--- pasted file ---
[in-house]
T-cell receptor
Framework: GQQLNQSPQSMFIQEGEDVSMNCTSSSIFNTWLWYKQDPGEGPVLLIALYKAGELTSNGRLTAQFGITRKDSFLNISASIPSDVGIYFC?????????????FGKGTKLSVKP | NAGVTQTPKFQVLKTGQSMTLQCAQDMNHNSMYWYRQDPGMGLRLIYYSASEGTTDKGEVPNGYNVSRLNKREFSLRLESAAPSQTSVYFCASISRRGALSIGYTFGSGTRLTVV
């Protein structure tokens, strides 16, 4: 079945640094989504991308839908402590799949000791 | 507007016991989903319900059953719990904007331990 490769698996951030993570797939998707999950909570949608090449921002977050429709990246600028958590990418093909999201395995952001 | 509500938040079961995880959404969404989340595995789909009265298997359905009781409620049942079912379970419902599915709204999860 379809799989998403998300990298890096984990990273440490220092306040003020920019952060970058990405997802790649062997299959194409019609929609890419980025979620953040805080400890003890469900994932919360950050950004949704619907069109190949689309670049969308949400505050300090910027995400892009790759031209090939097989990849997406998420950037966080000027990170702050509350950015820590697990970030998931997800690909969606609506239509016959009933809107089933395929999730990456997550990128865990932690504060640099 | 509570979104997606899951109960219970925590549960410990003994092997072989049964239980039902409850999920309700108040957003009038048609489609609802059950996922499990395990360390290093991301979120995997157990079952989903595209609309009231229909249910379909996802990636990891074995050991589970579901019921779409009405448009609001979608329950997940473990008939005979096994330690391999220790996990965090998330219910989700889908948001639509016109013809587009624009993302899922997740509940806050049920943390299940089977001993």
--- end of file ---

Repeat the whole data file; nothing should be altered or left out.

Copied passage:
[in-house]
T-cell receptor
Framework: GQQLNQSPQSMFIQEGEDVSMNCTSSSIFNTWLWYKQDPGEGPVLLIALYKAGELTSNGRLTAQFGITRKDSFLNISASIPSDVGIYFC?????????????FGKGTKLSVKP | NAGVTQTPKFQVLKTGQSMTLQCAQDMNHNSMYWYRQDPGMGLRLIYYSASEGTTDKGEVPNGYNVSRLNKREFSLRLESAAPSQTSVYFCASISRRGALSIGYTFGSGTRLTVV
């Protein structure tokens, strides 16, 4: 079945640094989504991308839908402590799949000791 | 507007016991989903319900059953719990904007331990 490769698996951030993570797939998707999950909570949608090449921002977050429709990246600028958590990418093909999201395995952001 | 509500938040079961995880959404969404989340595995789909009265298997359905009781409620049942079912379970419902599915709204999860 379809799989998403998300990298890096984990990273440490220092306040003020920019952060970058990405997802790649062997299959194409019609929609890419980025979620953040805080400890003890469900994932919360950050950004949704619907069109190949689309670049969308949400505050300090910027995400892009790759031209090939097989990849997406998420950037966080000027990170702050509350950015820590697990970030998931997800690909969606609506239509016959009933809107089933395929999730990456997550990128865990932690504060640099 | 509570979104997606899951109960219970925590549960410990003994092997072989049964239980039902409850999920309700108040957003009038048609489609609802059950996922499990395990360390290093991301979120995997157990079952989903595209609309009231229909249910379909996802990636990891074995050991589970579901019921779409009405448009609001979608329950997940473990008939005979096994330690391999220790996990965090998330219910989700889908948001639509016109013809587009624009993302899922997740509940806050049920943390299940089977001993």